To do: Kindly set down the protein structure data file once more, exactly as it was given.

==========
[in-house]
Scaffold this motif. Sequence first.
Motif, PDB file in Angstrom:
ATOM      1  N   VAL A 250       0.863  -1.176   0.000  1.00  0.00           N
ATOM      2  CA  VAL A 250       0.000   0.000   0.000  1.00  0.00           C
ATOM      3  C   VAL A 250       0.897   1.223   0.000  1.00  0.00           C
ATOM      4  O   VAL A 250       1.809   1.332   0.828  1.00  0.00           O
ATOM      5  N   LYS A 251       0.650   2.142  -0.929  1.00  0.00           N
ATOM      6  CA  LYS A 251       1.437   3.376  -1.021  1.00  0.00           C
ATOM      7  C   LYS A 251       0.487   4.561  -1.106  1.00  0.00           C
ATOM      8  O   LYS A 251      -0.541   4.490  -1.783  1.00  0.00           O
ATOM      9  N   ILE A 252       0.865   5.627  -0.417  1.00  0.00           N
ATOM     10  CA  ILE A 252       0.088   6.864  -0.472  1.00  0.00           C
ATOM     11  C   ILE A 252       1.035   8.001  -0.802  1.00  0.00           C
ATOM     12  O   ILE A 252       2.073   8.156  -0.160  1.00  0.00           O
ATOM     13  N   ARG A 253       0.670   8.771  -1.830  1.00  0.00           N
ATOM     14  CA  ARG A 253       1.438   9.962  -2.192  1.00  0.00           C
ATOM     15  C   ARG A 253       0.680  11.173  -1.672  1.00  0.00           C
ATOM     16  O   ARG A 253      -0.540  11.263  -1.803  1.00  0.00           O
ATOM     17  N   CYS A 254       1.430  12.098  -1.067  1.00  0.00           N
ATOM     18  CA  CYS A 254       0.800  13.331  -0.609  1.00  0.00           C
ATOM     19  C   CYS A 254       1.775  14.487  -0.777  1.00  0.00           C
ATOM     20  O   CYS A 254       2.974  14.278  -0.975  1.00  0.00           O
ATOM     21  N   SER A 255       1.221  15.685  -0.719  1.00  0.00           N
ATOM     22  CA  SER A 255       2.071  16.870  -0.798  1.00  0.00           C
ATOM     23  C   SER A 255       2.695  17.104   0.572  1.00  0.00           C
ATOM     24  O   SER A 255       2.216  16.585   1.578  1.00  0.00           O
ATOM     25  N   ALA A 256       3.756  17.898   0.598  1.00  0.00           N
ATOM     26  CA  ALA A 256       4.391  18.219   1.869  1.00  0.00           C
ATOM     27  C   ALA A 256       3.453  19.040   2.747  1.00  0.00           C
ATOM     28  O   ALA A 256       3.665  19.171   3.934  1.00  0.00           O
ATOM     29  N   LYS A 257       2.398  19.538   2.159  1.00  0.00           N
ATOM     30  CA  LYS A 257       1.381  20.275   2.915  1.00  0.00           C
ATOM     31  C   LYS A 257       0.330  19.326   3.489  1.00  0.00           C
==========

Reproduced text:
[in-house]
Scaffold this motif. Sequence first.
Motif, PDB file in Angstrom:
ATOM      1  N   VAL A 250       0.863  -1.176   0.000  1.00  0.00           N
ATOM      2  CA  VAL A 250       0.000   0.000   0.000  1.00  0.00           C
ATOM      3  C   VAL A 250       0.897   1.223   0.000  1.00  0.00           C
ATOM      4  O   VAL A 250       1.809   1.332   0.828  1.00  0.00           O
ATOM      5  N   LYS A 251       0.650   2.142  -0.929  1.00  0.00           N
ATOM      6  CA  LYS A 251       1.437   3.376  -1.021  1.00  0.00           C
ATOM      7  C   LYS A 251       0.487   4.561  -1.106  1.00  0.00           C
ATOM      8  O   LYS A 251      -0.541   4.490  -1.783  1.00  0.00           O
ATOM      9  N   ILE A 252       0.865   5.627  -0.417  1.00  0.00           N
ATOM     10  CA  ILE A 252       0.088   6.864  -0.472  1.00  0.00           C
ATOM     11  C   ILE A 252       1.035   8.001  -0.802  1.00  0.00           C
ATOM     12  O   ILE A 252       2.073   8.156  -0.160  1.00  0.00           O
ATOM     13  N   ARG A 253       0.670   8.771  -1.830  1.00  0.00           N
ATOM     14  CA  ARG A 253       1.438   9.962  -2.192  1.00  0.00           C
ATOM     15  C   ARG A 253       0.680  11.173  -1.672  1.00  0.00           C
ATOM     16  O   ARG A 253      -0.540  11.263  -1.803  1.00  0.00           O
ATOM     17  N   CYS A 254       1.430  12.098  -1.067  1.00  0.00           N
ATOM     18  CA  CYS A 254       0.800  13.331  -0.609  1.00  0.00           C
ATOM     19  C   CYS A 254       1.775  14.487  -0.777  1.00  0.00           C
ATOM     20  O   CYS A 254       2.974  14.278  -0.975  1.00  0.00           O
ATOM     21  N   SER A 255       1.221  15.685  -0.719  1.00  0.00           N
ATOM     22  CA  SER A 255       2.071  16.870  -0.798  1.00  0.00           C
ATOM     23  C   SER A 255       2.695  17.104   0.572  1.00  0.00           C
ATOM     24  O   SER A 255       2.216  16.585   1.578  1.00  0.00           O
ATOM     25  N   ALA A 256       3.756  17.898   0.598  1.00  0.00           N
ATOM     26  CA  ALA A 256       4.391  18.219   1.869  1.00  0.00           C
ATOM     27  C   ALA A 256       3.453  19.040   2.747  1.00  0.00           C
ATOM     28  O   ALA A 256       3.665  19.171   3.934  1.00  0.00           O
ATOM     29  N   LYS A 257       2.398  19.538   2.159  1.00  0.00           N
ATOM     30  CA  LYS A 257       1.381  20.275   2.915  1.00  0.00           C
ATOM     31  C   LYS A 257       0.330  19.326   3.489  1.00  0.00           C